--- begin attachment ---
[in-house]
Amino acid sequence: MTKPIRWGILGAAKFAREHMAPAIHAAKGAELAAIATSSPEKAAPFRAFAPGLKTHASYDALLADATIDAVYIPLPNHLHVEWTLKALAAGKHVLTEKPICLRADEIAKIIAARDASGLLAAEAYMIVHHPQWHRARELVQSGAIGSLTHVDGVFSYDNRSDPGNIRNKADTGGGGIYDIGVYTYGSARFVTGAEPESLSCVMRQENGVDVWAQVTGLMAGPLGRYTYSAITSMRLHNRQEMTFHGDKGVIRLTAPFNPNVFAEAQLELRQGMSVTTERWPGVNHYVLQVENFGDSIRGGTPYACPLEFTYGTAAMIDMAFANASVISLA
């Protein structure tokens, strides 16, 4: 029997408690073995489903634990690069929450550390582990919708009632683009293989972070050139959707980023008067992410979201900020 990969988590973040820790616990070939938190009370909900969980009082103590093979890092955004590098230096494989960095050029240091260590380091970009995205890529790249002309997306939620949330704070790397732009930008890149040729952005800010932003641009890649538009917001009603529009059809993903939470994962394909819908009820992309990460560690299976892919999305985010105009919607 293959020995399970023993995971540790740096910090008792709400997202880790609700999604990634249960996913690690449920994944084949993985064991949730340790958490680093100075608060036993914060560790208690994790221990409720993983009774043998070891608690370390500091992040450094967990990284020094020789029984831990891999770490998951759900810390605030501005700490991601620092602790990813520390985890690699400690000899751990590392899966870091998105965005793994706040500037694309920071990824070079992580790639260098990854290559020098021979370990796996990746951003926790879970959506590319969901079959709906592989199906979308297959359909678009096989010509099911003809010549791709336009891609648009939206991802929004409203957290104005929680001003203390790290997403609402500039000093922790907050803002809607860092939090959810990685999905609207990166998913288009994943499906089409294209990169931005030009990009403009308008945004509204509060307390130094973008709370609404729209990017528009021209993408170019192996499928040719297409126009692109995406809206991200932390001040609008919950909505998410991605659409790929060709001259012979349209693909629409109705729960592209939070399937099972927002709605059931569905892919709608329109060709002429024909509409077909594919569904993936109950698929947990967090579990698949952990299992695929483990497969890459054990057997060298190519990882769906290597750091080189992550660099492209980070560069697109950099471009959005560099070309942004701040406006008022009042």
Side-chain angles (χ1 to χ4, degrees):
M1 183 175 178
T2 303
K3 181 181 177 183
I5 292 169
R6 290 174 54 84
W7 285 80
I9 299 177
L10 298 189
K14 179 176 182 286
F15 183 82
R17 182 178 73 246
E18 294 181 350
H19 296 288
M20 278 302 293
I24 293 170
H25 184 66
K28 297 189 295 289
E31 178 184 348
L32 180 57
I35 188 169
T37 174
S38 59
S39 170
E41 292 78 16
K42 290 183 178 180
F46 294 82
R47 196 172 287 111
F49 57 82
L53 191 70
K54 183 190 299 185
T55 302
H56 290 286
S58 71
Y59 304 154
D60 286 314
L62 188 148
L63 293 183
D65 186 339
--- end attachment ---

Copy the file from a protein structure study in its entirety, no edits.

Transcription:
[in-house]
Amino acid sequence: MTKPIRWGILGAAKFAREHMAPAIHAAKGAELAAIATSSPEKAAPFRAFAPGLKTHASYDALLADATIDAVYIPLPNHLHVEWTLKALAAGKHVLTEKPICLRADEIAKIIAARDASGLLAAEAYMIVHHPQWHRARELVQSGAIGSLTHVDGVFSYDNRSDPGNIRNKADTGGGGIYDIGVYTYGSARFVTGAEPESLSCVMRQENGVDVWAQVTGLMAGPLGRYTYSAITSMRLHNRQEMTFHGDKGVIRLTAPFNPNVFAEAQLELRQGMSVTTERWPGVNHYVLQVENFGDSIRGGTPYACPLEFTYGTAAMIDMAFANASVISLA
């Protein structure tokens, strides 16, 4: 029997408690073995489903634990690069929450550390582990919708009632683009293989972070050139959707980023008067992410979201900020 990969988590973040820790616990070939938190009370909900969980009082103590093979890092955004590098230096494989960095050029240091260590380091970009995205890529790249002309997306939620949330704070790397732009930008890149040729952005800010932003641009890649538009917001009603529009059809993903939470994962394909819908009820992309990460560690299976892919999305985010105009919607 293959020995399970023993995971540790740096910090008792709400997202880790609700999604990634249960996913690690449920994944084949993985064991949730340790958490680093100075608060036993914060560790208690994790221990409720993983009774043998070891608690370390500091992040450094967990990284020094020789029984831990891999770490998951759900810390605030501005700490991601620092602790990813520390985890690699400690000899751990590392899966870091998105965005793994706040500037694309920071990824070079992580790639260098990854290559020098021979370990796996990746951003926790879970959506590319969901079959709906592989199906979308297959359909678009096989010509099911003809010549791709336009891609648009939206991802929004409203957290104005929680001003203390790290997403609402500039000093922790907050803002809607860092939090959810990685999905609207990166998913288009994943499906089409294209990169931005030009990009403009308008945004509204509060307390130094973008709370609404729209990017528009021209993408170019192996499928040719297409126009692109995406809206991200932390001040609008919950909505998410991605659409790929060709001259012979349209693909629409109705729960592209939070399937099972927002709605059931569905892919709608329109060709002429024909509409077909594919569904993936109950698929947990967090579990698949952990299992695929483990497969890459054990057997060298190519990882769906290597750091080189992550660099492209980070560069697109950099471009959005560099070309942004701040406006008022009042």
Side-chain angles (χ1 to χ4, degrees):
M1 183 175 178
T2 303
K3 181 181 177 183
I5 292 169
R6 290 174 54 84
W7 285 80
I9 299 177
L10 298 189
K14 179 176 182 286
F15 183 82
R17 182 178 73 246
E18 294 181 350
H19 296 288
M20 278 302 293
I24 293 170
H25 184 66
K28 297 189 295 289
E31 178 184 348
L32 180 57
I35 188 169
T37 174
S38 59
S39 170
E41 292 78 16
K42 290 183 178 180
F46 294 82
R47 196 172 287 111
F49 57 82
L53 191 70
K54 183 190 299 185
T55 302
H56 290 286
S58 71
Y59 304 154
D60 286 314
L62 188 148
L63 293 183
D65 186 339